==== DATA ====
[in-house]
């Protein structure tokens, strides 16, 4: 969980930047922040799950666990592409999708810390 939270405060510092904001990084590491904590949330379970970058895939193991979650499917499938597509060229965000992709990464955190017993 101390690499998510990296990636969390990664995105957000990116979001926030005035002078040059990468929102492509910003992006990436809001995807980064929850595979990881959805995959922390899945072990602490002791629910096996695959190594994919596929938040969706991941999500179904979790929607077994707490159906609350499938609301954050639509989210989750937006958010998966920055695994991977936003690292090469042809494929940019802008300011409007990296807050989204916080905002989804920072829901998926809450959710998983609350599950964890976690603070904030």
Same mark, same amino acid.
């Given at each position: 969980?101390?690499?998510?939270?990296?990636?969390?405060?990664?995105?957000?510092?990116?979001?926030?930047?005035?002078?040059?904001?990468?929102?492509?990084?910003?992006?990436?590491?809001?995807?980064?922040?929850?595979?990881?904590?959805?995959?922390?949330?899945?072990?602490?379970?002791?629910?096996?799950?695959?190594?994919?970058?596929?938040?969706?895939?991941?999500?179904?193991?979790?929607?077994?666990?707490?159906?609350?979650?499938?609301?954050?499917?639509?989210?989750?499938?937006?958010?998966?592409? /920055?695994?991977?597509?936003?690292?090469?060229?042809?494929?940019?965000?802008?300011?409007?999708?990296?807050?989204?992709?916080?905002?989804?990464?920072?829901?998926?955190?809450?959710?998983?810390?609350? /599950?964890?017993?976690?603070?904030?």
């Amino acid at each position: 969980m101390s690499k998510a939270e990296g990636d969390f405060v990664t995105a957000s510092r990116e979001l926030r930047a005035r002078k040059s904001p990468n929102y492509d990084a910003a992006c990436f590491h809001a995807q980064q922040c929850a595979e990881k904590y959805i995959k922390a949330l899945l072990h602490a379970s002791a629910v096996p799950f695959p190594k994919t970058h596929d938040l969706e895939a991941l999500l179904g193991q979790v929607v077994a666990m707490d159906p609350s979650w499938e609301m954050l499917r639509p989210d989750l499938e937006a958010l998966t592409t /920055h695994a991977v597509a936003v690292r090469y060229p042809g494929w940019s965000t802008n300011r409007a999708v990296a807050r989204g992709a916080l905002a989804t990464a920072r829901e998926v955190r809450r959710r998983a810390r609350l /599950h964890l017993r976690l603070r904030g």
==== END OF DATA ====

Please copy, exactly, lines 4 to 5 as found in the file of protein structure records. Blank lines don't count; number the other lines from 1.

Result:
């Given at each position: 969980?101390?690499?998510?939270?990296?990636?969390?405060?990664?995105?957000?510092?990116?979001?926030?930047?005035?002078?040059?904001?990468?929102?492509?990084?910003?992006?990436?590491?809001?995807?980064?922040?929850?595979?990881?904590?959805?995959?922390?949330?899945?072990?602490?379970?002791?629910?096996?799950?695959?190594?994919?970058?596929?938040?969706?895939?991941?999500?179904?193991?979790?929607?077994?666990?707490?159906?609350?979650?499938?609301?954050?499917?639509?989210?989750?499938?937006?958010?998966?592409? /920055?695994?991977?597509?936003?690292?090469?060229?042809?494929?940019?965000?802008?300011?409007?999708?990296?807050?989204?992709?916080?905002?989804?990464?920072?829901?998926?955190?809450?959710?998983?810390?609350? /599950?964890?017993?976690?603070?904030?």
């Amino acid at each position: 969980m101390s690499k998510a939270e990296g990636d969390f405060v990664t995105a957000s510092r990116e979001l926030r930047a005035r002078k040059s904001p990468n929102y492509d990084a910003a992006c990436f590491h809001a995807q980064q922040c929850a595979e990881k904590y959805i995959k922390a949330l899945l072990h602490a379970s002791a629910v096996p799950f695959p190594k994919t970058h596929d938040l969706e895939a991941l999500l179904g193991q979790v929607v077994a666990m707490d159906p609350s979650w499938e609301m954050l499917r639509p989210d989750l499938e937006a958010l998966t592409t /920055h695994a991977v597509a936003v690292r090469y060229p042809g494929w940019s965000t802008n300011r409007a999708v990296a807050r989204g992709a916080l905002a989804t990464a920072r829901e998926v955190r809450r959710r998983a810390r609350l /599950h964890l017993r976690l603070r904030g």